Today is Halloween, time for costumes and candy. For some kids it’s all about the costume. For others it’s the candy or the fact that you get to be out in the neighborhood after dark. And for others it’s about the scare factor. It’s the one day of the year where we look forward to being afraid to the point that we seek it out. Where being afraid is part of the holiday tradition. (It’s a little weird when you put it that way, because most other days we avoid being afraid and if we are afraid of something, we would certainly never admit it.)
Kids, like all people, have varied tolerances of being scared. A game of hide-and-seek is an acceptable, mild scare level for all kids of all ages. There’s the anticipation of the seeker not knowing who they will see when they turn the corner. It’s not scary per se, but it will make your heart beat a little faster in anticipation. Then there is the opposite end of the spectrum, the extreme scare that haunted houses thrive on. Scary music, black lights, frightening costumes jumping out at you triggering the fight-or-flight animal instinct that lives within all of us. Older kids love this extreme scare, while others want to prove how grown up they are by making it through such a scary experience.
Somewhere in the middle of the scare scale is being afraid of the dark. On Halloween it’s fun to be outside in the dark walking from house to house, making up stories of what might be lurking in the shadows. In costume the kids feel invincible, but once you get home, the shadows of the dark rooms can be too much to overcome. My kids do not like to go upstairs alone. In fact they will pull out every stall tactic in the book to not have to go upstairs by themselves. If they go together then it is moderately better, but they really prefer to have an adult up there with them. No matter how much we try to rationalize with them and explain that there is nothing to be afraid of, the fear is still there. At the end of a long day it can be very frustrating. It’s hard when you know for a fact there is nothing to fear but you can’t get them to believe it. Who knows what is running through their brains? Who knows why they feel this fear? They may never be able to explain it in words, but that doesn’t mean that it’s not real. So for now that means we go upstairs with them. It means there’s always a light on in their room while they sleep in case they wake up in the middle of the night. If that’s what it takes, then we’ll do it. Growing up is scary enough, home should be the one place where they don’t have to worry about being scared.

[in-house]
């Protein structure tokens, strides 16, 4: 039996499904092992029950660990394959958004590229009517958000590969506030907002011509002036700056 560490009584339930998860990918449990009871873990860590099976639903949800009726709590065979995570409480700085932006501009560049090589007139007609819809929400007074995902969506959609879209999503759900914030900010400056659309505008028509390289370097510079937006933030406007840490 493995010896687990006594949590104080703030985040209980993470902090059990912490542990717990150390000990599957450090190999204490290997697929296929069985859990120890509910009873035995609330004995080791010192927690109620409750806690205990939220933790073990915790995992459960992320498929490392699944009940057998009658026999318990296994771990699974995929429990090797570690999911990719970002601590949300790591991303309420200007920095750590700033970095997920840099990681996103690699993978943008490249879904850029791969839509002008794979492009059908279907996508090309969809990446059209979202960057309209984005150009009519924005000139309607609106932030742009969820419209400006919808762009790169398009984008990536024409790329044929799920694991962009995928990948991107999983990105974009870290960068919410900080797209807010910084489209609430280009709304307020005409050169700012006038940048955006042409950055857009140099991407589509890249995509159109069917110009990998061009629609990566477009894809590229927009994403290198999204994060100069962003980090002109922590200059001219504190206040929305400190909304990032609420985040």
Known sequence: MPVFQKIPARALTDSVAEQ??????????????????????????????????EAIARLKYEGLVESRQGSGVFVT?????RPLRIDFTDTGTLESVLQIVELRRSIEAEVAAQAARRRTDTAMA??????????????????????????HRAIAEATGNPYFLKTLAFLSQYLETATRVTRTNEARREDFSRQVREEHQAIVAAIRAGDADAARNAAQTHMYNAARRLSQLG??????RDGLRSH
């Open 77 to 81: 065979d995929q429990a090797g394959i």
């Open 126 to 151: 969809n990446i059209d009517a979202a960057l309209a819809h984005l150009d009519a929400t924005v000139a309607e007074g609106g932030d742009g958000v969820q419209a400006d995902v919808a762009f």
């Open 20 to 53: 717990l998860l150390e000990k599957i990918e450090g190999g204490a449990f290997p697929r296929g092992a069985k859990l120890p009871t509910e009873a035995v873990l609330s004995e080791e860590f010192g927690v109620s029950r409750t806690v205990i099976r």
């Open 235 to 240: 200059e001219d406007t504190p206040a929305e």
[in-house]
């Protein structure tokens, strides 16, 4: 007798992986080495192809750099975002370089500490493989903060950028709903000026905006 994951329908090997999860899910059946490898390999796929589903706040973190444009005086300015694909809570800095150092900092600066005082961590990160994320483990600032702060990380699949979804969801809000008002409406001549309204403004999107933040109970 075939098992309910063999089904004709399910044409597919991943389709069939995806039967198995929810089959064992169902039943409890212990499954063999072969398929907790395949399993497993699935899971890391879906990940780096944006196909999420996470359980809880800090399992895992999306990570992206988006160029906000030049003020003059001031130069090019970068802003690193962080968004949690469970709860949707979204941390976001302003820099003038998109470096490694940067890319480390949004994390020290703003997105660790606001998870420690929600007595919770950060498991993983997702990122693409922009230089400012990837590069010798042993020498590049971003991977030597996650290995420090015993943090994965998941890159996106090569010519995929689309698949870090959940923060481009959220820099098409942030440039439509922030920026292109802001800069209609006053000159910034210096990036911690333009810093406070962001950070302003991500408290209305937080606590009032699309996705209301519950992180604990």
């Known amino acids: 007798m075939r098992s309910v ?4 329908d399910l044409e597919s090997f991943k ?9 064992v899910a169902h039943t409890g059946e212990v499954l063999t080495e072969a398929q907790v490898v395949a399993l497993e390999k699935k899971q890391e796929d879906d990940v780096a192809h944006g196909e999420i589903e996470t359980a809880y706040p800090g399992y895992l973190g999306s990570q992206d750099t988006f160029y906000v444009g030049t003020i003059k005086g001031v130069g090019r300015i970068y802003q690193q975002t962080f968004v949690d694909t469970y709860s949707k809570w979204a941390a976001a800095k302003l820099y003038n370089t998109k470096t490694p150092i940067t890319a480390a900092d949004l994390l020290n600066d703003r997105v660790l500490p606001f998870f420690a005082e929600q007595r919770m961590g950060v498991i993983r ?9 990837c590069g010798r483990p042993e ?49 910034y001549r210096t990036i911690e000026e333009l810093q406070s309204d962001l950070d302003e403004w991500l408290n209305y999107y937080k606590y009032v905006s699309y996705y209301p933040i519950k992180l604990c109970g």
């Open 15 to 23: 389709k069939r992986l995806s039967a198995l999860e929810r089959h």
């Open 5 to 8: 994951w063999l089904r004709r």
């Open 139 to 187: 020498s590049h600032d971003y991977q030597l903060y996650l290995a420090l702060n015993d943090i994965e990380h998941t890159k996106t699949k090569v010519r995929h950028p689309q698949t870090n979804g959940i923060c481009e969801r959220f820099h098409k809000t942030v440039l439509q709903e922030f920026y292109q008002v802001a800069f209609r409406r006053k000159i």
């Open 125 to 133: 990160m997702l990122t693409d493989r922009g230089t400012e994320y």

Have a happy and safe Halloween!
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I started writing this blog because I wanted to have deeper conversations beyond "How are you?", "Busy", with other parents. Over the years I've shared personal stories, articles, authors and topics to facilitate conversations with parents about the joys and the challenges of parenting.